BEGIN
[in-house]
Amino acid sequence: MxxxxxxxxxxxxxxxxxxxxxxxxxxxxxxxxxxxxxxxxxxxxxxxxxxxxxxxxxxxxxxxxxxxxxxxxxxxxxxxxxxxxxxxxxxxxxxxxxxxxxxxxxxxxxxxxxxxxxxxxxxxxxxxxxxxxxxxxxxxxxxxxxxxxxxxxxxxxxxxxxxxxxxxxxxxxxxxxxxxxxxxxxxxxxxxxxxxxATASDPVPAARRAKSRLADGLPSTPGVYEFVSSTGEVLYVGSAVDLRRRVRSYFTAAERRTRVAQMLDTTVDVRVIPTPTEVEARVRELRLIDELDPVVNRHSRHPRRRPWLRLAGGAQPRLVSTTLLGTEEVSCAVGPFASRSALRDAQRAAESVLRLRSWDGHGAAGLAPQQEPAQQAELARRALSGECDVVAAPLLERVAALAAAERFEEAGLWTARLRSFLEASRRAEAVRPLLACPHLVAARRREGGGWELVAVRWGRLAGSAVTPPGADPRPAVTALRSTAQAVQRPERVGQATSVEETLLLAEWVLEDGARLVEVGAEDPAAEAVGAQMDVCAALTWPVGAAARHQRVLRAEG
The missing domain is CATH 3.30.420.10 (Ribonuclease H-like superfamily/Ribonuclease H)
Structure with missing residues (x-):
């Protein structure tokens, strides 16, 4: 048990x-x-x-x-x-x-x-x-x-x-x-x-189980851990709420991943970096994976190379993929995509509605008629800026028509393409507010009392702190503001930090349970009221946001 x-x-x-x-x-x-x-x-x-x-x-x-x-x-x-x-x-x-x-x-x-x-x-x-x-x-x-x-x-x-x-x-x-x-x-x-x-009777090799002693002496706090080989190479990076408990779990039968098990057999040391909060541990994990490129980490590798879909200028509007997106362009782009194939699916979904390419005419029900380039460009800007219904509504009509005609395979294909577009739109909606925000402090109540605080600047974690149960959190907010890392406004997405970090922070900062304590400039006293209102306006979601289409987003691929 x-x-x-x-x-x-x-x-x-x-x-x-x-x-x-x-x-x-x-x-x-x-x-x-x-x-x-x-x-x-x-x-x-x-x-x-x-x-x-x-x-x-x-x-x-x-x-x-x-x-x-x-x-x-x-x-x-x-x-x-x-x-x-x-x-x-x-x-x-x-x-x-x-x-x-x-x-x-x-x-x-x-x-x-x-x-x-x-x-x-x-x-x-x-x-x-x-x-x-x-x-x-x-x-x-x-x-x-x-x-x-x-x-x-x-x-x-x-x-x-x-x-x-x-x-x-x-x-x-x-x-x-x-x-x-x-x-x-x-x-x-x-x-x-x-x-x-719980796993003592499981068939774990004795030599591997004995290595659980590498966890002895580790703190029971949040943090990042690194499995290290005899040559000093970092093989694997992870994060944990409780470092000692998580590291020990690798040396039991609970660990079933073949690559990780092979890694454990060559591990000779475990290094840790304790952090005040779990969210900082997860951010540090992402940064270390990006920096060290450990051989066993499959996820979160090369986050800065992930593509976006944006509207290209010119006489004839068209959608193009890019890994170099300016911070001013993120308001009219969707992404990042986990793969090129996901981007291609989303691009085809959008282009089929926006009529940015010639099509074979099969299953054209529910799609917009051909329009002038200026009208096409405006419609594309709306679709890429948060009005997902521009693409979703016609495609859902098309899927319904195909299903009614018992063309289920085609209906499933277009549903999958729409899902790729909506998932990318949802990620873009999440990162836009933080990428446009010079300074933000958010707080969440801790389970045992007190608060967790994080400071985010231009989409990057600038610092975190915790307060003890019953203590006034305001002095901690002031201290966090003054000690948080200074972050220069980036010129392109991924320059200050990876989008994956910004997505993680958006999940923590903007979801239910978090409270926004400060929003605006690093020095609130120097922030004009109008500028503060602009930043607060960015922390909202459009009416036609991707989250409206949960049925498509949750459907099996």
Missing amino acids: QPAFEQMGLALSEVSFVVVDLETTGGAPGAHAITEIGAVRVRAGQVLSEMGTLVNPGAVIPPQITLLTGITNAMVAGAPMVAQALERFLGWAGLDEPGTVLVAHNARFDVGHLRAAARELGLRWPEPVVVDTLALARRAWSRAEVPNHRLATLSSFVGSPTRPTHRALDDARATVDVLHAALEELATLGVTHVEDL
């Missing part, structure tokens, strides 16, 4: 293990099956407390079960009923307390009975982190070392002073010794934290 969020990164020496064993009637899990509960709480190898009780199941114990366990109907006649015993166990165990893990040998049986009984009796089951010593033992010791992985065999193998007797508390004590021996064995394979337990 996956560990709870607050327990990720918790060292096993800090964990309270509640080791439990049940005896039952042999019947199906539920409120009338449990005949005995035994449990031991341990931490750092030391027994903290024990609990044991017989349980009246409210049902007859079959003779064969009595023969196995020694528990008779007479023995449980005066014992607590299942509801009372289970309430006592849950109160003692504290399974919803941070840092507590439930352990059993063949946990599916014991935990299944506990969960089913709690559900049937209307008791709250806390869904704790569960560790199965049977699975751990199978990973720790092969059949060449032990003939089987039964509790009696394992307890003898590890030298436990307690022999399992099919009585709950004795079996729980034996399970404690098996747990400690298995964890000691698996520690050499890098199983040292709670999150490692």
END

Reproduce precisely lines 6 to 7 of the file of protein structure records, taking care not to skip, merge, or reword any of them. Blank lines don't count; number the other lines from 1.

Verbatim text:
Missing amino acids: QPAFEQMGLALSEVSFVVVDLETTGGAPGAHAITEIGAVRVRAGQVLSEMGTLVNPGAVIPPQITLLTGITNAMVAGAPMVAQALERFLGWAGLDEPGTVLVAHNARFDVGHLRAAARELGLRWPEPVVVDTLALARRAWSRAEVPNHRLATLSSFVGSPTRPTHRALDDARATVDVLHAALEELATLGVTHVEDL
């Missing part, structure tokens, strides 16, 4: 293990099956407390079960009923307390009975982190070392002073010794934290 969020990164020496064993009637899990509960709480190898009780199941114990366990109907006649015993166990165990893990040998049986009984009796089951010593033992010791992985065999193998007797508390004590021996064995394979337990 996956560990709870607050327990990720918790060292096993800090964990309270509640080791439990049940005896039952042999019947199906539920409120009338449990005949005995035994449990031991341990931490750092030391027994903290024990609990044991017989349980009246409210049902007859079959003779064969009595023969196995020694528990008779007479023995449980005066014992607590299942509801009372289970309430006592849950109160003692504290399974919803941070840092507590439930352990059993063949946990599916014991935990299944506990969960089913709690559900049937209307008791709250806390869904704790569960560790199965049977699975751990199978990973720790092969059949060449032990003939089987039964509790009696394992307890003898590890030298436990307690022999399992099919009585709950004795079996729980034996399970404690098996747990400690298995964890000691698996520690050499890098199983040292709670999150490692």